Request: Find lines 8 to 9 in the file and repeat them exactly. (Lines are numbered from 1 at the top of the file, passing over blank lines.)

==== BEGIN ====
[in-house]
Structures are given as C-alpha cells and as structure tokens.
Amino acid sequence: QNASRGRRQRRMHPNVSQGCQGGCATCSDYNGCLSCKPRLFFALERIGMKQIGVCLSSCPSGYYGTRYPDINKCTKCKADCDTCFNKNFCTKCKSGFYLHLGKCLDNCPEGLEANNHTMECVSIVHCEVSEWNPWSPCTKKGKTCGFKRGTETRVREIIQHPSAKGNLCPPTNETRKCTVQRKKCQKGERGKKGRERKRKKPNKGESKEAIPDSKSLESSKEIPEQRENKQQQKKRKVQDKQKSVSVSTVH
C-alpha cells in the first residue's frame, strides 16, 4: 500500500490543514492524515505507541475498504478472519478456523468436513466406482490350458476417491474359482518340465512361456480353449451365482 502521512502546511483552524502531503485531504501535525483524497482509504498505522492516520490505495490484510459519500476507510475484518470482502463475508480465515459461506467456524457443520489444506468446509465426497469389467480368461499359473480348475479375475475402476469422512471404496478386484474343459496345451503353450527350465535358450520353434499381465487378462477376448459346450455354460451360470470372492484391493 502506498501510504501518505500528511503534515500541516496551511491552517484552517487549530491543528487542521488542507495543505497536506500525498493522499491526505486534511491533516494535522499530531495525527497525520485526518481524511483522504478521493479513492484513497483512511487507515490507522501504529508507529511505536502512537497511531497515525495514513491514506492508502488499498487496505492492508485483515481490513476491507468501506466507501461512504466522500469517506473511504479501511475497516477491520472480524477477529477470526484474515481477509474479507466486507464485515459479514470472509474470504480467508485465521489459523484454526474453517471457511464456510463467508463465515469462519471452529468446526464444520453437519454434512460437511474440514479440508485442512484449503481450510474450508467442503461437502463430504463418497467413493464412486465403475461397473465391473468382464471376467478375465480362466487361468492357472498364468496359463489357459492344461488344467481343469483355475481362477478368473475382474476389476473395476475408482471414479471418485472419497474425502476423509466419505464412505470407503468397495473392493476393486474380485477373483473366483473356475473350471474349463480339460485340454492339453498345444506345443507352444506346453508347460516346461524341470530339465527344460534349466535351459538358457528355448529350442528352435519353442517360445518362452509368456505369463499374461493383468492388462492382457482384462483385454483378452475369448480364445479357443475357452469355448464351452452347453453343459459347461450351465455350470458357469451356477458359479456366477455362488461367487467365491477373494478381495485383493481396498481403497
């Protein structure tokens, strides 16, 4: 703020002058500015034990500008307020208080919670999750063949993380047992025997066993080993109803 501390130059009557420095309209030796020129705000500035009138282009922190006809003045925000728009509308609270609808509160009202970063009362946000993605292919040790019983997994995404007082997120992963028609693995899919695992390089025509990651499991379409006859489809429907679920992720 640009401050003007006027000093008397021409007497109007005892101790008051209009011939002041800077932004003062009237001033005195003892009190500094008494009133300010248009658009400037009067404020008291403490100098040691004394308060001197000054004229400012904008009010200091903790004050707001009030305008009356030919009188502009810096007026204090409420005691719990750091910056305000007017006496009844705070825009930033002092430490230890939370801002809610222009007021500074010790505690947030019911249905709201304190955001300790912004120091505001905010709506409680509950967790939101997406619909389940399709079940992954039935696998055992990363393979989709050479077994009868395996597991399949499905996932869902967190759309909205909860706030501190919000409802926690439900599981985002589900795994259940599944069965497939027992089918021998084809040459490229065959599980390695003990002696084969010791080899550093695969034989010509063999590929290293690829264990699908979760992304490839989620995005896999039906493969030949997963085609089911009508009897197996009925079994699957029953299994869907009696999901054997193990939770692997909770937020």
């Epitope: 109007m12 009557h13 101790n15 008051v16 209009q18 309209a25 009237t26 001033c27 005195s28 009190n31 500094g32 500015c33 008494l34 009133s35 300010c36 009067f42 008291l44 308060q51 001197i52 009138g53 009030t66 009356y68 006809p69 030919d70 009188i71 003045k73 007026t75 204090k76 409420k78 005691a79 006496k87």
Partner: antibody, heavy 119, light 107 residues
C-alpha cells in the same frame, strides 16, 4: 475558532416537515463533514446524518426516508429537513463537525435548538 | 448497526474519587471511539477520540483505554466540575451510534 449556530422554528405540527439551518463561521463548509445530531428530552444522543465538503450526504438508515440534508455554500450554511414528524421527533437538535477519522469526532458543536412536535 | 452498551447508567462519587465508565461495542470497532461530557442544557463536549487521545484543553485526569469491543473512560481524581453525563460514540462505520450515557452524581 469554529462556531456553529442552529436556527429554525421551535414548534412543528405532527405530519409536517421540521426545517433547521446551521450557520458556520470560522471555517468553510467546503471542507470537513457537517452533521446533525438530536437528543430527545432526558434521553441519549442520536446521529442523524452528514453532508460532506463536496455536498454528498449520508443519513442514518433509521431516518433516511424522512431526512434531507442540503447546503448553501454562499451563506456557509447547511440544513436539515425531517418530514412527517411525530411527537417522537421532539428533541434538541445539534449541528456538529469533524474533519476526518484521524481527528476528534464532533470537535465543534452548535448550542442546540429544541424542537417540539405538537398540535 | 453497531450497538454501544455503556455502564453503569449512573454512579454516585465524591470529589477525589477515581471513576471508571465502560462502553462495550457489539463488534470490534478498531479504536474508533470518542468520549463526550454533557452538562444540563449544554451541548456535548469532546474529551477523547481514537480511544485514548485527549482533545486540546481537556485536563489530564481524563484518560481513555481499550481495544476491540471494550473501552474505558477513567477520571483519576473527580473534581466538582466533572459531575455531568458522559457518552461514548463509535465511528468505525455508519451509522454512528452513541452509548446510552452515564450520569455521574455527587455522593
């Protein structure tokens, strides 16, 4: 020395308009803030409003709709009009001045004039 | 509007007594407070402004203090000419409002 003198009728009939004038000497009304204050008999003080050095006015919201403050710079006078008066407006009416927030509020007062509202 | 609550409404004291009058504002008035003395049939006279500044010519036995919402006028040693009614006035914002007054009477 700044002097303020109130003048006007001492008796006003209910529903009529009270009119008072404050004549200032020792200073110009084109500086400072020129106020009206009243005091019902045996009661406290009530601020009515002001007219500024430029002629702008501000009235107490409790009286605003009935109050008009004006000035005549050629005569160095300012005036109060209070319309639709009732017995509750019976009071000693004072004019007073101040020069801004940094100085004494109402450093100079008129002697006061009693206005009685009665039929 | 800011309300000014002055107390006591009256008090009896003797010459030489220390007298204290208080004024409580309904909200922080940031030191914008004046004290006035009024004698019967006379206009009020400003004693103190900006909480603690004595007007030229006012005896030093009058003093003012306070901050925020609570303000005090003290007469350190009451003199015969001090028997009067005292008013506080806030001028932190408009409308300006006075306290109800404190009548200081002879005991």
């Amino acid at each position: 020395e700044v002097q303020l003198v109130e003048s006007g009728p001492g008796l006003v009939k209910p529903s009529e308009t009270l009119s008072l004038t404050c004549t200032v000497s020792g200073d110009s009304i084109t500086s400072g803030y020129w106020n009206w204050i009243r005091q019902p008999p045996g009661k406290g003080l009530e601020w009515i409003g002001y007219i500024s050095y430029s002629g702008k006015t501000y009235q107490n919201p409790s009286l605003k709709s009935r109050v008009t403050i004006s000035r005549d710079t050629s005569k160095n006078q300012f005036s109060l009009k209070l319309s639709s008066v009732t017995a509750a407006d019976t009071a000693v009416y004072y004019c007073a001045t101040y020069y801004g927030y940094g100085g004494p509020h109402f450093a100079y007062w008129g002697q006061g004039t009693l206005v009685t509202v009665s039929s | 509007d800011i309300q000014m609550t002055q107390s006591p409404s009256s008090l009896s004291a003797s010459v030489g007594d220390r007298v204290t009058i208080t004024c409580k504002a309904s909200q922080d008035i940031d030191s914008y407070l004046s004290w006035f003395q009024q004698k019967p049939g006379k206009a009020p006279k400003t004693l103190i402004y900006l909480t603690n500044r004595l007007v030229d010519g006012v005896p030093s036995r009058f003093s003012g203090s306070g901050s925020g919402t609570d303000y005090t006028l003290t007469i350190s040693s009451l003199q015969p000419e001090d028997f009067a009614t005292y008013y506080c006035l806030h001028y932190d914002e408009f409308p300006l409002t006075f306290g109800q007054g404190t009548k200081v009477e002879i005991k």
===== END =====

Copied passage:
C-alpha cells in the same frame, strides 16, 4: 475558532416537515463533514446524518426516508429537513463537525435548538 | 448497526474519587471511539477520540483505554466540575451510534 449556530422554528405540527439551518463561521463548509445530531428530552444522543465538503450526504438508515440534508455554500450554511414528524421527533437538535477519522469526532458543536412536535 | 452498551447508567462519587465508565461495542470497532461530557442544557463536549487521545484543553485526569469491543473512560481524581453525563460514540462505520450515557452524581 469554529462556531456553529442552529436556527429554525421551535414548534412543528405532527405530519409536517421540521426545517433547521446551521450557520458556520470560522471555517468553510467546503471542507470537513457537517452533521446533525438530536437528543430527545432526558434521553441519549442520536446521529442523524452528514453532508460532506463536496455536498454528498449520508443519513442514518433509521431516518433516511424522512431526512434531507442540503447546503448553501454562499451563506456557509447547511440544513436539515425531517418530514412527517411525530411527537417522537421532539428533541434538541445539534449541528456538529469533524474533519476526518484521524481527528476528534464532533470537535465543534452548535448550542442546540429544541424542537417540539405538537398540535 | 453497531450497538454501544455503556455502564453503569449512573454512579454516585465524591470529589477525589477515581471513576471508571465502560462502553462495550457489539463488534470490534478498531479504536474508533470518542468520549463526550454533557452538562444540563449544554451541548456535548469532546474529551477523547481514537480511544485514548485527549482533545486540546481537556485536563489530564481524563484518560481513555481499550481495544476491540471494550473501552474505558477513567477520571483519576473527580473534581466538582466533572459531575455531568458522559457518552461514548463509535465511528468505525455508519451509522454512528452513541452509548446510552452515564450520569455521574455527587455522593
């Protein structure tokens, strides 16, 4: 020395308009803030409003709709009009001045004039 | 509007007594407070402004203090000419409002 003198009728009939004038000497009304204050008999003080050095006015919201403050710079006078008066407006009416927030509020007062509202 | 609550409404004291009058504002008035003395049939006279500044010519036995919402006028040693009614006035914002007054009477 700044002097303020109130003048006007001492008796006003209910529903009529009270009119008072404050004549200032020792200073110009084109500086400072020129106020009206009243005091019902045996009661406290009530601020009515002001007219500024430029002629702008501000009235107490409790009286605003009935109050008009004006000035005549050629005569160095300012005036109060209070319309639709009732017995509750019976009071000693004072004019007073101040020069801004940094100085004494109402450093100079008129002697006061009693206005009685009665039929 | 800011309300000014002055107390006591009256008090009896003797010459030489220390007298204290208080004024409580309904909200922080940031030191914008004046004290006035009024004698019967006379206009009020400003004693103190900006909480603690004595007007030229006012005896030093009058003093003012306070901050925020609570303000005090003290007469350190009451003199015969001090028997009067005292008013506080806030001028932190408009409308300006006075306290109800404190009548200081002879005991």